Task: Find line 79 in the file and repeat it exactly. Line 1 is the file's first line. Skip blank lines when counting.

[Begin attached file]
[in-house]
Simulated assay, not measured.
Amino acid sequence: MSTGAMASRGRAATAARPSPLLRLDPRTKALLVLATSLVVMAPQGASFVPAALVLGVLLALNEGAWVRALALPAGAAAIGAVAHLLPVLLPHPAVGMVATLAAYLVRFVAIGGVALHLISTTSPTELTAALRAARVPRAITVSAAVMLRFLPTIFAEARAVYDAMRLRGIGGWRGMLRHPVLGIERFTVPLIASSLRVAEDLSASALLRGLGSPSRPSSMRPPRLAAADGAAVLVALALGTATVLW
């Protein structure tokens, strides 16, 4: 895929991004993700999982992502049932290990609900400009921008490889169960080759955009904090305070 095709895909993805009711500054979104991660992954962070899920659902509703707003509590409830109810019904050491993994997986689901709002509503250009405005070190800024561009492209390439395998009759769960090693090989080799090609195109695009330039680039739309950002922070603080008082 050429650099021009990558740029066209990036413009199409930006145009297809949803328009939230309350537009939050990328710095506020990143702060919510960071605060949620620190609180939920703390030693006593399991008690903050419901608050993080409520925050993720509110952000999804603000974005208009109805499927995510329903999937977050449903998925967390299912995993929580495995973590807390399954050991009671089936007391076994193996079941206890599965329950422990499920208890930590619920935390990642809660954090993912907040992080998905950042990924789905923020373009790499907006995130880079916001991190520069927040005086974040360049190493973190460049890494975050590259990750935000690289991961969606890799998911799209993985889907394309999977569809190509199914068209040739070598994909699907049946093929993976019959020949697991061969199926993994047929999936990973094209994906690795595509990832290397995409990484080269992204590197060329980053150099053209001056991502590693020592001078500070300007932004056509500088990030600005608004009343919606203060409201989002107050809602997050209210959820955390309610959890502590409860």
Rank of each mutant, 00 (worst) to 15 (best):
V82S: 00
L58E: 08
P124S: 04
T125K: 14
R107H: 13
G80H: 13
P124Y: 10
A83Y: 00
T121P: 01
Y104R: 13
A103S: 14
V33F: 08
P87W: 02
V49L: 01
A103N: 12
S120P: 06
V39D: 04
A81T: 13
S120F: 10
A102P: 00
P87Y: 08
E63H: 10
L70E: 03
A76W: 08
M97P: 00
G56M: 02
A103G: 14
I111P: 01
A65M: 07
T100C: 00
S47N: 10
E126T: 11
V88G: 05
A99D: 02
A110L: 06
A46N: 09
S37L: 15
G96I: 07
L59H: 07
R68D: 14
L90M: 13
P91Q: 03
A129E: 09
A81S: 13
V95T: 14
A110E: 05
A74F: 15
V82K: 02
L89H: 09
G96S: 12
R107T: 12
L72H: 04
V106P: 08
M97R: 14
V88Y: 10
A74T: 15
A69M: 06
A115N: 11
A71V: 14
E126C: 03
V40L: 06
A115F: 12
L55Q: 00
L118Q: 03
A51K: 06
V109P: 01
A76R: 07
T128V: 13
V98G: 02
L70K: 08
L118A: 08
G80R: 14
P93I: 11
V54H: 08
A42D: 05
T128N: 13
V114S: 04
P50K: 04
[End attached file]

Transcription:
V54H: 08